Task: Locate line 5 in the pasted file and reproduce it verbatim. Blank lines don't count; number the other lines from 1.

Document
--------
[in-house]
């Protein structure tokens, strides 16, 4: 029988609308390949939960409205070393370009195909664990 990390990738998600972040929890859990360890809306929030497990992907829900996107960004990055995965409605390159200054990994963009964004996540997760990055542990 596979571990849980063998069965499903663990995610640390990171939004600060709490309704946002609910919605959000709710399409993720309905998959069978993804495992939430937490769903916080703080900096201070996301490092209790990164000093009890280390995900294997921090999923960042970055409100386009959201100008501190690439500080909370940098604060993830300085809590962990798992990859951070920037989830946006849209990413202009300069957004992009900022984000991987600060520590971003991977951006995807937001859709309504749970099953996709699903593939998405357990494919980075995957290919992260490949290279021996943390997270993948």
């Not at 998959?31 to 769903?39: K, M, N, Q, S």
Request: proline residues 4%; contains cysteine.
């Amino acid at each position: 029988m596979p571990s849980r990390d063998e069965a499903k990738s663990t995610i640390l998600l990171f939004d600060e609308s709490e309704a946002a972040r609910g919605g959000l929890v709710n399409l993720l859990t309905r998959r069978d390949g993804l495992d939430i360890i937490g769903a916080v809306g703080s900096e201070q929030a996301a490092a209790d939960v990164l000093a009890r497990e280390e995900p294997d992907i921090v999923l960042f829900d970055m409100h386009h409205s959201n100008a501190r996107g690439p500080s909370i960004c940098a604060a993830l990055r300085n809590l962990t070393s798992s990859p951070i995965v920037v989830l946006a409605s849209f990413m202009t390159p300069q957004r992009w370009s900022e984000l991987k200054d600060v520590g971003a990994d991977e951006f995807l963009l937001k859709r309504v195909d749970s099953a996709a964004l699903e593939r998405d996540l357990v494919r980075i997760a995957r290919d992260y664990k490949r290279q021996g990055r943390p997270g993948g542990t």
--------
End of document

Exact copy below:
């Amino acid at each position: 029988m596979p571990s849980r990390d063998e069965a499903k990738s663990t995610i640390l998600l990171f939004d600060e609308s709490e309704a946002a972040r609910g919605g959000l929890v709710n399409l993720l859990t309905r998959r069978d390949g993804l495992d939430i360890i937490g769903a916080v809306g703080s900096e201070q929030a996301a490092a209790d939960v990164l000093a009890r497990e280390e995900p294997d992907i921090v999923l960042f829900d970055m409100h386009h409205s959201n100008a501190r996107g690439p500080s909370i960004c940098a604060a993830l990055r300085n809590l962990t070393s798992s990859p951070i995965v920037v989830l946006a409605s849209f990413m202009t390159p300069q957004r992009w370009s900022e984000l991987k200054d600060v520590g971003a990994d991977e951006f995807l963009l937001k859709r309504v195909d749970s099953a996709a964004l699903e593939r998405d996540l357990v494919r980075i997760a995957r290919d992260y664990k490949r290279q021996g990055r943390p997270g993948g542990t």